Adjacency table.jpg


Now coming to reality:


C6K1#show adjacency
Protocol Interface                 Address
IP       GigabitEthernet5/2
IP       Vlan10          

C6K1#sh ip arp
Protocol  Address          Age (min)  Hardware Addr   Type   Interface
Internet             16   0026.9809.7dc1  ARPA   Vlan10

C6K1#sh mac address-table address  0026.9809.7dc1
Legend: * - primary entry
        age - seconds since last seen
        n/a - not available

  vlan   mac address     type    learn     age              ports
Module 1:
*  201  0026.9809.7dc1   dynamic  Yes          0   Po100
*   10  0026.9809.7dc1   dynamic  Yes          0   Po100
Module 4:
*   50  0026.9809.7dc1   dynamic  Yes          0   Gi4/6 >>> Mac address and port is seen here.
*    1  0026.9809.7dc1   dynamic  Yes          0   Gi4/6



Cisco Employee

Inayath and Mitesh,I

Inayath and Mitesh,

I apologize if this looks like an advertisement (well... perhaps it is ;) ). You may also check the Chapter 6 from the new CCIE Official Certification Guide v5.0, Volume 1, available in this PDF as a sample content from the book:

I wrote that chapter, and I've gone to great lengths there to explain how the entire CEF with the FIB and ADJDB play together.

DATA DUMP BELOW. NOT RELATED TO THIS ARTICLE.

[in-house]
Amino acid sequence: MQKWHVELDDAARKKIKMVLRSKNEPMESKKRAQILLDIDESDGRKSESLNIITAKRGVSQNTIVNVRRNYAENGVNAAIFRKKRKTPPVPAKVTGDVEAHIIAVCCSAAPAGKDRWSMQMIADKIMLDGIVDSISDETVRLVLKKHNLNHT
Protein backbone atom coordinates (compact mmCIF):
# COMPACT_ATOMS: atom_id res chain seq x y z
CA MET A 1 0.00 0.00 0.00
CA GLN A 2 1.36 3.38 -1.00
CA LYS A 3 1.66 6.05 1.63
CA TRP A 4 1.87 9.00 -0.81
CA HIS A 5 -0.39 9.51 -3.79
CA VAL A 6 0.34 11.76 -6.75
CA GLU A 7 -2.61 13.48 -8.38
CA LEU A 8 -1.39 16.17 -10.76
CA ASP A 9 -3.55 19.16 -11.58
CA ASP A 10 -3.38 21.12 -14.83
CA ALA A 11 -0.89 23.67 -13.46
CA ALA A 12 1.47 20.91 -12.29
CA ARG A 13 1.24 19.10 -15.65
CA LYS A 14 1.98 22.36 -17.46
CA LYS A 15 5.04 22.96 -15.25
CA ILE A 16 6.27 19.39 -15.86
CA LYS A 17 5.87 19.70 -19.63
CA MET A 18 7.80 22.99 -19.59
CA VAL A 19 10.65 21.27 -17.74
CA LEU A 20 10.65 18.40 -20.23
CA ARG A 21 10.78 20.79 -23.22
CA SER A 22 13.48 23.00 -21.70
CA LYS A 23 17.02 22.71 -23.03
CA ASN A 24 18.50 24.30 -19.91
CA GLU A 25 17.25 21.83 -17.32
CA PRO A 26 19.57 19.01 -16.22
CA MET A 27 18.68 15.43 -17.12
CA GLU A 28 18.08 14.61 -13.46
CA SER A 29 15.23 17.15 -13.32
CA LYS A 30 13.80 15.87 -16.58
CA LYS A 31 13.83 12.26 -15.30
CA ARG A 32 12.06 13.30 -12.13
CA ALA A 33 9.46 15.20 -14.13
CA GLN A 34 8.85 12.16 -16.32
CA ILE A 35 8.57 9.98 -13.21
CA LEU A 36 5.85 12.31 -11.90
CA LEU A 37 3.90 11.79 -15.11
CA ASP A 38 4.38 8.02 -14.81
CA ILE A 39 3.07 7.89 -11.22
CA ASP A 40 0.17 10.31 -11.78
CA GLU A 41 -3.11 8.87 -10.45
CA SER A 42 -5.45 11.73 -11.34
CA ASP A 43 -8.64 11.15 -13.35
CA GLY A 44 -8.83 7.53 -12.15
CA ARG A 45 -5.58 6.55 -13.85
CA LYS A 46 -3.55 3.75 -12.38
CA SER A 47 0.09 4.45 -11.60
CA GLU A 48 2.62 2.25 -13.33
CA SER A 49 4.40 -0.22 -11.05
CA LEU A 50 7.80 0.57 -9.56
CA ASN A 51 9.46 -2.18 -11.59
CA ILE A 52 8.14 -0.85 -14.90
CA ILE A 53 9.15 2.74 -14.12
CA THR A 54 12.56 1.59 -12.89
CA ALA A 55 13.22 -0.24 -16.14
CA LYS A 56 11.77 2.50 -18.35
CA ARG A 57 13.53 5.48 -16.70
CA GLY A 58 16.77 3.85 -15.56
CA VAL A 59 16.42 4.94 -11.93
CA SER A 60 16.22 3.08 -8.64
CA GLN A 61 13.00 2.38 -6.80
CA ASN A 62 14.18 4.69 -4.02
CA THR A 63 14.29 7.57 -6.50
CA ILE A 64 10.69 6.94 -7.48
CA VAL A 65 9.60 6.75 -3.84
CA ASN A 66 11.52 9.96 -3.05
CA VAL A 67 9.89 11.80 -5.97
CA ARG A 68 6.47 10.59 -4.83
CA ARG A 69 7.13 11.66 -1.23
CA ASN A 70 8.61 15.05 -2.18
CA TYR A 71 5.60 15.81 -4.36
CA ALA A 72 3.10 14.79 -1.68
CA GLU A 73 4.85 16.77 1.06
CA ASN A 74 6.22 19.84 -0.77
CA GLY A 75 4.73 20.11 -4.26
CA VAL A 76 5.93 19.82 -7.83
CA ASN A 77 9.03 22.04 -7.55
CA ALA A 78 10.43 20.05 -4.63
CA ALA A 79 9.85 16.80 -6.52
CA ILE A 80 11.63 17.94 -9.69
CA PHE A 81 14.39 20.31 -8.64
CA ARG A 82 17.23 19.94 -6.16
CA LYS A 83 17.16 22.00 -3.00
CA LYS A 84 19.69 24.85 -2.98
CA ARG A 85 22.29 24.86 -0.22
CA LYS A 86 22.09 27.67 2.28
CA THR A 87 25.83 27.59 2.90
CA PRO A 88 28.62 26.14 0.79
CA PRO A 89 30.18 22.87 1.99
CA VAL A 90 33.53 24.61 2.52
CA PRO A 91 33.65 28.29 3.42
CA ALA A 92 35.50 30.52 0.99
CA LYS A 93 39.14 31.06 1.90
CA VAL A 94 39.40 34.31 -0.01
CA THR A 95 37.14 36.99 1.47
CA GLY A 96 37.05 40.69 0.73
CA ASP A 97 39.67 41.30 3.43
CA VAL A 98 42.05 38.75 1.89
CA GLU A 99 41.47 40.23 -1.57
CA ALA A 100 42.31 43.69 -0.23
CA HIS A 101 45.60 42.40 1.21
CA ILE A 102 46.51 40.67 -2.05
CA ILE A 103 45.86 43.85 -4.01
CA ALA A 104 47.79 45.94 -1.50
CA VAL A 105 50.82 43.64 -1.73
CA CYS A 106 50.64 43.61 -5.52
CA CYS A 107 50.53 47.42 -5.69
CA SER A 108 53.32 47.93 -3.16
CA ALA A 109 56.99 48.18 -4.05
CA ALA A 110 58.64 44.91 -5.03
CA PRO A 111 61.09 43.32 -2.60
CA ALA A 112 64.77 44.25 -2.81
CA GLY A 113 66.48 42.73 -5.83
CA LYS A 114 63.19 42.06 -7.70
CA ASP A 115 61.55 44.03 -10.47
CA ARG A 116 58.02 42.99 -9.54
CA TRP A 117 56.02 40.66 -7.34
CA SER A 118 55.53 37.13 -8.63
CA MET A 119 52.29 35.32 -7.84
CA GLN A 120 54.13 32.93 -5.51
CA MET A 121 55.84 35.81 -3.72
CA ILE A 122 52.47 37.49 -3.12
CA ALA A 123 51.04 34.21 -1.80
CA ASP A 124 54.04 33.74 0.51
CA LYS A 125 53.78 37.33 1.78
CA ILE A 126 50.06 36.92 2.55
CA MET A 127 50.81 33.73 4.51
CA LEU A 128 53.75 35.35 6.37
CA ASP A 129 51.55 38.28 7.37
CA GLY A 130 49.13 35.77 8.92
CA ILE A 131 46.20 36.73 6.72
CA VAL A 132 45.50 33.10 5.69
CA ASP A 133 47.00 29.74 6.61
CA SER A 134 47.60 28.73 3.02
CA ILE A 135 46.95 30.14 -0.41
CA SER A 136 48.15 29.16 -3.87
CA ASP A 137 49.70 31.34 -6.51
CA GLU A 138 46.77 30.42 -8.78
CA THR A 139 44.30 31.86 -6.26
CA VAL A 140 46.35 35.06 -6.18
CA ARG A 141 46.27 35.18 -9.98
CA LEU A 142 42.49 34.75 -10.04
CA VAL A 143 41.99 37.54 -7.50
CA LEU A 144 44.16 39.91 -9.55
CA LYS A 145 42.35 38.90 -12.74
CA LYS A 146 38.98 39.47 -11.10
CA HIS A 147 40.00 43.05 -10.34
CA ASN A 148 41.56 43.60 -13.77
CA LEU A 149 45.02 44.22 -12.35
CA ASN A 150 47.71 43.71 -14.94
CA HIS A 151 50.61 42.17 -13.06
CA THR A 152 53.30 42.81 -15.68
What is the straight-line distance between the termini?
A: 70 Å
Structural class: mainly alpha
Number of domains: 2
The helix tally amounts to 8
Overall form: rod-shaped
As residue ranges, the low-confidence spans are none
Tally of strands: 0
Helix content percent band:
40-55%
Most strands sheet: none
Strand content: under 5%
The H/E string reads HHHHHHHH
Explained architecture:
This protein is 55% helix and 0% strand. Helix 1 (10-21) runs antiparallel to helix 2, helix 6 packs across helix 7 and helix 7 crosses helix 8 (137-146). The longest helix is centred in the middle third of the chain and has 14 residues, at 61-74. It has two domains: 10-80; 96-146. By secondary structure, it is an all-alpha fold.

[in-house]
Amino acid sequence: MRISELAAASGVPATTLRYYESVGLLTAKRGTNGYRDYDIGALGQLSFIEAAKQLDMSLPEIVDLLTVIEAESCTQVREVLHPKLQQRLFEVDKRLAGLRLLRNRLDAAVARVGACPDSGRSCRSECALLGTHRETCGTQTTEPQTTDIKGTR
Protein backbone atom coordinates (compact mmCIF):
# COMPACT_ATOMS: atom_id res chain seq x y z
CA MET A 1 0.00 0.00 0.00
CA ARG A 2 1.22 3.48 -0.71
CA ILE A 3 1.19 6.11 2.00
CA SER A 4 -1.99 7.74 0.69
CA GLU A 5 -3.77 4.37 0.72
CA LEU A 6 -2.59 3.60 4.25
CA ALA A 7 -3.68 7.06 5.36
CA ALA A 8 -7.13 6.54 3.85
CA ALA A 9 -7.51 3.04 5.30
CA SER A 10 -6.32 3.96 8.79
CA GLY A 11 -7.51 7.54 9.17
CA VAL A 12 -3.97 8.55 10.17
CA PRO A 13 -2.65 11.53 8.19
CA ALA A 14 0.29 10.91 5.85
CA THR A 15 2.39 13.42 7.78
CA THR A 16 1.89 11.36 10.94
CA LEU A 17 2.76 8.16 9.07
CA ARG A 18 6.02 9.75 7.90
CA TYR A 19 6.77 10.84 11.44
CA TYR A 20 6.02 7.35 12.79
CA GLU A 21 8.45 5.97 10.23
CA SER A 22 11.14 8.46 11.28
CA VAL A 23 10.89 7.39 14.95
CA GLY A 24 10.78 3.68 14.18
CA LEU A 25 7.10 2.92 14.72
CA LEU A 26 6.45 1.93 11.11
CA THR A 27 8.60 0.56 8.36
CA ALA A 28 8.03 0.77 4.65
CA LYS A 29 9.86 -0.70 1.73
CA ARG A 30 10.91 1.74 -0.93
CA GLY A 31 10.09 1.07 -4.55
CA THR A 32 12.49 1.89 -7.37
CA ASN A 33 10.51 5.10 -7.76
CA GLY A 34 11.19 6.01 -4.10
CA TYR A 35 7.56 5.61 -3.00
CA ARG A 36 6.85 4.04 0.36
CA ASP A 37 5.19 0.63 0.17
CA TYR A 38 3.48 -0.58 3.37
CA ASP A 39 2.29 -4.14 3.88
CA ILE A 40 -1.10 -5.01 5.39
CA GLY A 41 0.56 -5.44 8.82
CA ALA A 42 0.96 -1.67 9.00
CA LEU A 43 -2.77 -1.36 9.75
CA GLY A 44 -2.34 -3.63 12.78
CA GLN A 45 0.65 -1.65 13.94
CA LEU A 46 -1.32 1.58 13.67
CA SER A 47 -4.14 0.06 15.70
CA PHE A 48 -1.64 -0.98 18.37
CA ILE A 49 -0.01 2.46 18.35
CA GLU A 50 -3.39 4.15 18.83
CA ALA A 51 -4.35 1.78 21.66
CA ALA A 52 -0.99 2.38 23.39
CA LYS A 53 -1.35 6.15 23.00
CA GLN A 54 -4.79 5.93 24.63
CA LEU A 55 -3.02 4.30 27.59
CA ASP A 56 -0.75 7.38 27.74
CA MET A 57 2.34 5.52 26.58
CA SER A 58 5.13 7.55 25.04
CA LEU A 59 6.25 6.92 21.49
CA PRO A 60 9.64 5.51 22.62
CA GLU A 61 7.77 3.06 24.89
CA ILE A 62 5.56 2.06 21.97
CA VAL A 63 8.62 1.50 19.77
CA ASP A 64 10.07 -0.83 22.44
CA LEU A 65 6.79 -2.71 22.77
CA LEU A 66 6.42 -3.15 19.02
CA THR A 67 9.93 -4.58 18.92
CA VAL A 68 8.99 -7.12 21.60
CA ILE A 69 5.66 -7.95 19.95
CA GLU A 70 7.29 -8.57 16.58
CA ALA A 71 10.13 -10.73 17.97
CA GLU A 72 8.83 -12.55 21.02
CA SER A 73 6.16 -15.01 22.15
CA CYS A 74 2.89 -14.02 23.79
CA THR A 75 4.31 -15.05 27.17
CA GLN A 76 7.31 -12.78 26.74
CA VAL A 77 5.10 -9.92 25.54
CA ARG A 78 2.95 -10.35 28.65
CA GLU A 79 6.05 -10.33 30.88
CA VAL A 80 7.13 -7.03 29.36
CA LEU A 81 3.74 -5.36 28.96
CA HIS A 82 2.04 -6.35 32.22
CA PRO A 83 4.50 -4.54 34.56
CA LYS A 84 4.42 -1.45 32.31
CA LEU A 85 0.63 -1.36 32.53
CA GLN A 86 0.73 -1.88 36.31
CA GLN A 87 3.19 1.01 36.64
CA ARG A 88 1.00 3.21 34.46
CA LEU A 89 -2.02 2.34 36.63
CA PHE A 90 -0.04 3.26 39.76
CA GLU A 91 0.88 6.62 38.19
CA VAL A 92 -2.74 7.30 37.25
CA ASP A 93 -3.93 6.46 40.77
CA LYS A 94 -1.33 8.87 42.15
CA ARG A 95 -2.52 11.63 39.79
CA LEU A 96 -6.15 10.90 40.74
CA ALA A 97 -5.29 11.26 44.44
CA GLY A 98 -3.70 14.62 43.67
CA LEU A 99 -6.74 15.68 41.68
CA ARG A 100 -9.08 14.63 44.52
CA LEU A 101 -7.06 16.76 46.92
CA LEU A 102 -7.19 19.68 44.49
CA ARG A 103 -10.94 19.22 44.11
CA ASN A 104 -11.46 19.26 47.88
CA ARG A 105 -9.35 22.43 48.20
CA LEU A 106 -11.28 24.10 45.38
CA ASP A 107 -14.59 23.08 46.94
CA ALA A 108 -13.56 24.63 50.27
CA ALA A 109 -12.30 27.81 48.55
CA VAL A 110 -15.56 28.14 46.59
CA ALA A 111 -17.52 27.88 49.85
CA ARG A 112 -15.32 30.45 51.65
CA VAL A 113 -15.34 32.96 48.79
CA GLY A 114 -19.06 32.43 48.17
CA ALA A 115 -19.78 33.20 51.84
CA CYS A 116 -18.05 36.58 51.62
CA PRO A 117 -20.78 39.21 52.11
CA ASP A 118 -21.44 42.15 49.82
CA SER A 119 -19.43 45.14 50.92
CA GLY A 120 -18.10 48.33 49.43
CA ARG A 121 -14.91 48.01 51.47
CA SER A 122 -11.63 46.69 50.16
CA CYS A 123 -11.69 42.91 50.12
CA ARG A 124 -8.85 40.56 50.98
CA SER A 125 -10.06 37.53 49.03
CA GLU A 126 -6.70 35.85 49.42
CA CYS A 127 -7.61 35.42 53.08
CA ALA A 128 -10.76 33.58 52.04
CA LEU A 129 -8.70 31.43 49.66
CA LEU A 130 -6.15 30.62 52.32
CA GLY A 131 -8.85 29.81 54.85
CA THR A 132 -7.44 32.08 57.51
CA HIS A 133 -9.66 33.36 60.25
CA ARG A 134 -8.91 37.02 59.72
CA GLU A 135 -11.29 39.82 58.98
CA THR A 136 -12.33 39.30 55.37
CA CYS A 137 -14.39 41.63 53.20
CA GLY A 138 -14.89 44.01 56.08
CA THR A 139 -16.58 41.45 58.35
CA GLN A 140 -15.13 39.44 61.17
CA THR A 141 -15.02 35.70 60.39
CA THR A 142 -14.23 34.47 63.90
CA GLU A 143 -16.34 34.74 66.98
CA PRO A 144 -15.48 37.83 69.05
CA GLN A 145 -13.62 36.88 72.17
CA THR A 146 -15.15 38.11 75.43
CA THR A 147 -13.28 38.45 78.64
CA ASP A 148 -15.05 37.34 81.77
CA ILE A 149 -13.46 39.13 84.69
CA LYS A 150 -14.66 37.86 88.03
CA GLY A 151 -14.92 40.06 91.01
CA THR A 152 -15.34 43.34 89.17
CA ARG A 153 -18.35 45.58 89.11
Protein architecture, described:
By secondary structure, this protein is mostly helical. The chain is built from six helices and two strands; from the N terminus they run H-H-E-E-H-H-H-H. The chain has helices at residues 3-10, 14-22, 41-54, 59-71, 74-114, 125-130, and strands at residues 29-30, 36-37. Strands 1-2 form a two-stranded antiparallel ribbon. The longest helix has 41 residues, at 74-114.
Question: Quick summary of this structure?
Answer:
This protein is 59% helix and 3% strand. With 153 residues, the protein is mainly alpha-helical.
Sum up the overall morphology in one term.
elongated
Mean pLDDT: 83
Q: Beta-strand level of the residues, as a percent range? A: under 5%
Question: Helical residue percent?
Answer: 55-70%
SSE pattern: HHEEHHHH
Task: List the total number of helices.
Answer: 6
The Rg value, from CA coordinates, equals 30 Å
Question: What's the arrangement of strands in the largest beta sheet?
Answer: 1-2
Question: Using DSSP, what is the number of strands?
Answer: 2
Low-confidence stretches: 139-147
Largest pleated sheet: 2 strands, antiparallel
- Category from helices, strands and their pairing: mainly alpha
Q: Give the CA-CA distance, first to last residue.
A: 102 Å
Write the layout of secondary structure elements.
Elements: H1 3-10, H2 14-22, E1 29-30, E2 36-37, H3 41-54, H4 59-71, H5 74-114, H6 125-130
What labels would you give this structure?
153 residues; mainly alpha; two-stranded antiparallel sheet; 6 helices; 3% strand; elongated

Best regards,

Cisco Employee

Amazing Peter ,I didnt know

Amazing Peter ,

I didnt know about this book I will go through it today and tommorow.

I would appriciate if you can share any book in depth on STP and multicast as I would like to go indepth on the same.



Cisco Employee

Inayath,Regarding STP,


Regarding STP, Chapter 3 in the same book (CCIE Official Certification Guide v5.0, Volume 1) covers STP extensively. I have incorporated several experiences from issues here on CSC into that chapter.

Multicast routing will be covered in the Volume 2 of the book written by Narbik Kocharians and Terry Vinson that should be available during October. Apart from that, however, I was personally very satisfied with a Cisco-authored training material about IP Multicast that was formerly available on an FTP server at This FTP server has recently been brought down - I do not know if it still runs internally in Cisco. I have mirrored the contents, however, so if the server does not run anymore, let me know - I will post the slide decks somewhere.

Thank you!

Best regards,

Cisco Employee

Hi Peter,That FTP is not

Hi Peter,

That FTP is not working...tried all the possibilities.


Cisco Employee

Hi Mitesh,The (7) is not

Hi Mitesh,

The (7) is not really interesting to you. Documentation says that this is the count of internal references pointing to this particular entry. It has been my experience that this number is always higher than the number of routing table entries resolving to this particular adjacency table entry. There are obviously another internal references to each adjacency table entry - this is really of interest only to IOS developers and Cisco specialists

In short - do not worry too much about it. What is more interesting is the show adjacency detail output that provides data that are more relevant to your device's operation.

Best regards,